“Change is never painful. Only the resistance to change is painful.” – Buddha
So often in early addiction recovery (or later for that matter, after months and years of being sober/clean), we find ourselves facing either relationship issues, work-related matters or other “life situations” that require us to change how we’ve approached them in the past. And if I’ve learned anything in recovery, it’s that the sooner I let go of my resistance to change, the better off I’m going to be.
What makes change so difficult is a rather philosophical matter, but a short answer is we’re (at least most of us) generally afraid of the unknown and “comfortable” with what’s familiar to us. The problem with having a substance abuse disorder is we’re likely to have amplified levels of this dynamic and we’ve consciously or unconsciously developed maladaptive strategies to “get what we want* when we want it” (*: alcohol or drugs). After years of repeating, over and over, the attitudes and behaviors associated with these strategies (e.g., lying, cheating and stealing), it’s no wonder very few of us, if any, come into recovery and find it easy to make the attitudinal and behavioral changes necessary to get and stay sober/clean.
In fact, most often, we feel resistant to changing… anything! But we’re told from the get-go—by treatment center staff, addictions counselors, 12 Steps sponsors and those who’re in our recovery network—that in order to successfully “lose the desire” to drink or use drugs and maintain that newfound freedom, one day at a time, we need to make way for some “ground-floor up” changes to occur. And two of the most valuable principles we can use to help us in overcoming any resistance to that necessary transformation are open-mindedness and willingness.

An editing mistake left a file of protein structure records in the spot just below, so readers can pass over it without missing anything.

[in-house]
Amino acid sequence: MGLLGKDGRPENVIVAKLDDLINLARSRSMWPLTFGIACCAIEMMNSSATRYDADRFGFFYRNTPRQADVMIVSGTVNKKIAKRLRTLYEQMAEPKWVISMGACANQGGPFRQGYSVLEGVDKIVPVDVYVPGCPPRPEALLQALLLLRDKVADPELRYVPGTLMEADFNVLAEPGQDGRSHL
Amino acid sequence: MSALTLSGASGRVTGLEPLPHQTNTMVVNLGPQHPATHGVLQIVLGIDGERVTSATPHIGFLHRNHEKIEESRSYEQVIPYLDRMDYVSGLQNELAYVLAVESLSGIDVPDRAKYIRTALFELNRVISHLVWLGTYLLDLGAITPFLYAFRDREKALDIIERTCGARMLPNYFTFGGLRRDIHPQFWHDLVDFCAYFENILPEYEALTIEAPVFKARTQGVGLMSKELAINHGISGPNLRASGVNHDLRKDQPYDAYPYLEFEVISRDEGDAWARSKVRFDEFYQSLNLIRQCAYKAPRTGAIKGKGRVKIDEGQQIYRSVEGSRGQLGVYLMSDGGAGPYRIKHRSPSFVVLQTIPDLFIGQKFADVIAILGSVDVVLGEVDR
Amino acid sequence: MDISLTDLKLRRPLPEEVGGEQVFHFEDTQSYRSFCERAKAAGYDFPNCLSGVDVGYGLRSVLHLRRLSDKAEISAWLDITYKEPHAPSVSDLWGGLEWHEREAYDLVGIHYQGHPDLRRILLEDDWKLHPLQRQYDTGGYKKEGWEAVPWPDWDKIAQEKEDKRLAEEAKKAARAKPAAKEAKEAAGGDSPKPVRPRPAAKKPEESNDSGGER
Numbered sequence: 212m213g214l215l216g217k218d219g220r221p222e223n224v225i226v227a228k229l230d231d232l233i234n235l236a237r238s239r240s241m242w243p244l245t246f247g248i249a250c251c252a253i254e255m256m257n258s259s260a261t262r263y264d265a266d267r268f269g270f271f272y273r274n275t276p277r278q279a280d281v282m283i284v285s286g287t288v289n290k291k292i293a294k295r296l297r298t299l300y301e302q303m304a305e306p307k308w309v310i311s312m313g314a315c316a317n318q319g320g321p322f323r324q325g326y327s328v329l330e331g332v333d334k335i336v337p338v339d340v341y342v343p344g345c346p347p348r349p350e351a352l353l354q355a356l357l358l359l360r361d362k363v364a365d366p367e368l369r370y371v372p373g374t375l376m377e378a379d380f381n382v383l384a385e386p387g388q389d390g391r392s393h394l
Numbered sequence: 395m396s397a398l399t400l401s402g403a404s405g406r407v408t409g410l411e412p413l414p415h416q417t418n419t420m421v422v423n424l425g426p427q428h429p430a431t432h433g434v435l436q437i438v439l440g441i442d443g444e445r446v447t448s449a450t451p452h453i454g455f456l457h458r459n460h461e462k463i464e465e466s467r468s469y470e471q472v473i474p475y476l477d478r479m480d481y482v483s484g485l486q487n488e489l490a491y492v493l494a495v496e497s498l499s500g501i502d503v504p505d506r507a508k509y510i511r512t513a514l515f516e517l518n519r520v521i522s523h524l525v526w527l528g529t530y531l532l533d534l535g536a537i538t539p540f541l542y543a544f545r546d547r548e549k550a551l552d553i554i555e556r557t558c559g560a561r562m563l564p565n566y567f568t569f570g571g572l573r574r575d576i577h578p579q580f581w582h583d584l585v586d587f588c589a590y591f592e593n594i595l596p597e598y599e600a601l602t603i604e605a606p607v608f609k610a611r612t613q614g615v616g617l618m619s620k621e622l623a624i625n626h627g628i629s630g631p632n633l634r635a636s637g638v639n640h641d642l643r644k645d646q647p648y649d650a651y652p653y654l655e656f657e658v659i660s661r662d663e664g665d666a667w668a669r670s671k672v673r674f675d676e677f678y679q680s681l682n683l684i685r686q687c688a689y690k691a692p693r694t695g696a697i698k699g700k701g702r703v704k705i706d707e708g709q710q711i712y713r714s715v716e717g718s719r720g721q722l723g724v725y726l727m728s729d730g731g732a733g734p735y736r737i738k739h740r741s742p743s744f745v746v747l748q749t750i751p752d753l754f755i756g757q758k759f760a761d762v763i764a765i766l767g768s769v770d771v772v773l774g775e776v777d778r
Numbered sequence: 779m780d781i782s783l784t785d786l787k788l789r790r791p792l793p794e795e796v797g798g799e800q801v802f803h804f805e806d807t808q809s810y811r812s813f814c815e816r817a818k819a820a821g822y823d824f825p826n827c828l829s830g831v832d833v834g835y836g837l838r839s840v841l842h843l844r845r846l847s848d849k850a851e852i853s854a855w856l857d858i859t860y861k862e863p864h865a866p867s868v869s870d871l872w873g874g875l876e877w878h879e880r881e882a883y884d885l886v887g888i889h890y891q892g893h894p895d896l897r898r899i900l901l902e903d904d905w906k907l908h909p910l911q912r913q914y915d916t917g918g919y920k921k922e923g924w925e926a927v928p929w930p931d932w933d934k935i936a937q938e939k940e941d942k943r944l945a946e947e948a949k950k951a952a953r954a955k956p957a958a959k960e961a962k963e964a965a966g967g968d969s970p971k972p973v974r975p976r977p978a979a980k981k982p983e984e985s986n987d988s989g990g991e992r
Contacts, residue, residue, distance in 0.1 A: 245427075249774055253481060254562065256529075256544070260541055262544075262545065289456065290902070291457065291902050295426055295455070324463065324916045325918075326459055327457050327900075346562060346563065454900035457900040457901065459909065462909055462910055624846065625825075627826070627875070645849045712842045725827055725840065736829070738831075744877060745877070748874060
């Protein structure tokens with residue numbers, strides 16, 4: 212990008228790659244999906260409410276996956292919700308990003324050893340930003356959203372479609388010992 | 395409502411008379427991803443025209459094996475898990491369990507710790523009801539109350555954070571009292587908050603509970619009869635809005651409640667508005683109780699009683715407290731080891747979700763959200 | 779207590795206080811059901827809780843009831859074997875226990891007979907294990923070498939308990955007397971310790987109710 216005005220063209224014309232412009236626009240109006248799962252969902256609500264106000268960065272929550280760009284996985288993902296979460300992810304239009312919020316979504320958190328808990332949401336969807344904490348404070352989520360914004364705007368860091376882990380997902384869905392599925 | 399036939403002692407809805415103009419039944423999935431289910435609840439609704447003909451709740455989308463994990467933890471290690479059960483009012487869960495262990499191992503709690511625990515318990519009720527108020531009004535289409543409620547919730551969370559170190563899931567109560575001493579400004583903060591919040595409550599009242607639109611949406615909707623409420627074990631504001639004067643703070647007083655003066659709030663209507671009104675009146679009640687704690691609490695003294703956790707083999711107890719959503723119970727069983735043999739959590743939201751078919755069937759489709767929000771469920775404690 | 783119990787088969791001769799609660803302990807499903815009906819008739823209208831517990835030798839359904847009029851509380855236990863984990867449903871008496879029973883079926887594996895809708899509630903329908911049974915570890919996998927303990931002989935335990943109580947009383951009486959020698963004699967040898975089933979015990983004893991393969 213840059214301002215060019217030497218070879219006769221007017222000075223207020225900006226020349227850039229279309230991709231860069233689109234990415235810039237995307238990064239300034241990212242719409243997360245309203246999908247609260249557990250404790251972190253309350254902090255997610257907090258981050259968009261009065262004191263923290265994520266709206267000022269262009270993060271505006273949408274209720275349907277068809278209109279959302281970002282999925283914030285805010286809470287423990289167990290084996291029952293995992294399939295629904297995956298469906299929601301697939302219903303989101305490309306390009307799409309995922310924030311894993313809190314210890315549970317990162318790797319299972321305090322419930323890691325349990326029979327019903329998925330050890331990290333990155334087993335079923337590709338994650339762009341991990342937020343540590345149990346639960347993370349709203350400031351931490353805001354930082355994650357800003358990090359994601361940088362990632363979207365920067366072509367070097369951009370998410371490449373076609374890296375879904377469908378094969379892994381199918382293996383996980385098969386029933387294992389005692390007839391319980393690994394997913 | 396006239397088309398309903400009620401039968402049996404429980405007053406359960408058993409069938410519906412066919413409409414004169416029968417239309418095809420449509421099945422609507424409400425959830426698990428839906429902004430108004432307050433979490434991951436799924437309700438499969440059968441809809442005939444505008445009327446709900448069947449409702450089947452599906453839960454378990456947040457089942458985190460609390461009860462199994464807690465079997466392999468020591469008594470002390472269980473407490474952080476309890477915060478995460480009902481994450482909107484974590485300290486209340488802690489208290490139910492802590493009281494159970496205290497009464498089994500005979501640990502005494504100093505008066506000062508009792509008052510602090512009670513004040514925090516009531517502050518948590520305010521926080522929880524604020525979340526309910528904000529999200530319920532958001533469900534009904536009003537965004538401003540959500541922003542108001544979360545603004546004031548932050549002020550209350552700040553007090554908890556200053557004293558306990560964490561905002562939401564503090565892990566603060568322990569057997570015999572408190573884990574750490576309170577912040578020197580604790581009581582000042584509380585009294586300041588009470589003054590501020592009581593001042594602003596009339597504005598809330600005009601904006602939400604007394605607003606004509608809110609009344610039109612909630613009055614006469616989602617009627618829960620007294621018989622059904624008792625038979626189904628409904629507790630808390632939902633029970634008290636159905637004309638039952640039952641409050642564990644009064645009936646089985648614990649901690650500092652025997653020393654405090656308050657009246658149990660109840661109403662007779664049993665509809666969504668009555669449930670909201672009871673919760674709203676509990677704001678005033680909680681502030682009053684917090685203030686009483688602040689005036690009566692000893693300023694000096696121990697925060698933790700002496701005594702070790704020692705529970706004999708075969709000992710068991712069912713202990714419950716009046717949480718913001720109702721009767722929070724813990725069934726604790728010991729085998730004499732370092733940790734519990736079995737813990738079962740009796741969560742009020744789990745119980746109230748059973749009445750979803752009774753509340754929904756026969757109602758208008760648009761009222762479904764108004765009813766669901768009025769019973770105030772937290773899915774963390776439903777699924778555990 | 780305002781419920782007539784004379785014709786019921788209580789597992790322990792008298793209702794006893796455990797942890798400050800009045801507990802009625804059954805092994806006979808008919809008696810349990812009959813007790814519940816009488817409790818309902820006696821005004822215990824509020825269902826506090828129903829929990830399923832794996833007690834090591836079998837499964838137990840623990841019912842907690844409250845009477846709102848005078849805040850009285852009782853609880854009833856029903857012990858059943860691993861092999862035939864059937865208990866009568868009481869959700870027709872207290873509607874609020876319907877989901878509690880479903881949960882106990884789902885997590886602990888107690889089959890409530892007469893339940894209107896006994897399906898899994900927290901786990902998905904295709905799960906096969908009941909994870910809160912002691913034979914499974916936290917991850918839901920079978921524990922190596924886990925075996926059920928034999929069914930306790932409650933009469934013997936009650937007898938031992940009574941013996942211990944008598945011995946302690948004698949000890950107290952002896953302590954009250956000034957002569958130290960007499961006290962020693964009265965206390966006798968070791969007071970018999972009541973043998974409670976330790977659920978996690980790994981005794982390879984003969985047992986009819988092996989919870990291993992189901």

Bringing those two principles into play in our recovery in three areas of our lives—body, mind and spirit—can literally make a world of difference in the quality of our recovery.
There’s no doubt we all could benefit, when we’re in early recovery, from implementing progressively healthier changes in our eating, sleeping and exercise habits (i.e., “body”). Similarly, when we were in the throes of our addiction, most of us put mental development, studies and education (i.e., “mind”) onto our daily list of things to do only if we had to; for example, to keep our licensure or credentials intact. (And even that often got set aside!) As far as keeping spiritually fit (“spirit”), our drinking or drug use virtually always took a front seat before we came into addiction treatment, whether through an alcohol and drug treatment program, an impaired professionals program or a 12 Steps program.
And therefore, the condition and overall health of our bodies, minds and spirits typically suffered greatly. The reality is, when we get into recovery, we quickly learn that even if we start to eat better, get to bed at a more reasonable hour, devote a little time each day to exercise, do some daily reading, writing and recovery-related study, and start the process of exploring ways to develop ourselves spiritually, the “old habits” don’t die off so easily. We may hear voices of resistance arise in our head telling us, “It’s too hard” or “What’s the use?”
Knowing up front we’re going to need to lean strongly upon the suggestions of treatment staff members and those who we’ve seen have been successful in their recovery will allow us to commit more easily to keeping an open mind and willingness to strengthening our own recovery program, specifically with regard to developing new regimens for transforming our physical, mental and spiritual health. And that means taking and making some suggested changes and sticking to them, to the very best of our abilities.
We don’t have to do it all at once or perfectly, either. Marci Shimoff, a personal transformation teacher and NY Times bestselling author, says, “To make the maximum progress, you don’t need to take huge leaps. You just have to take baby steps and keep on taking them.”
Ultimately, we’ll overcome our resistance to change best by choosing to do things differently—in the dimensions of our body, mind and spirit—and we’ll be able to make those choices, for a new life in freedom from addiction, a whole lot easier if we commit ourselves to adopting an attitude of open-mindedness and willingness, one day at a time.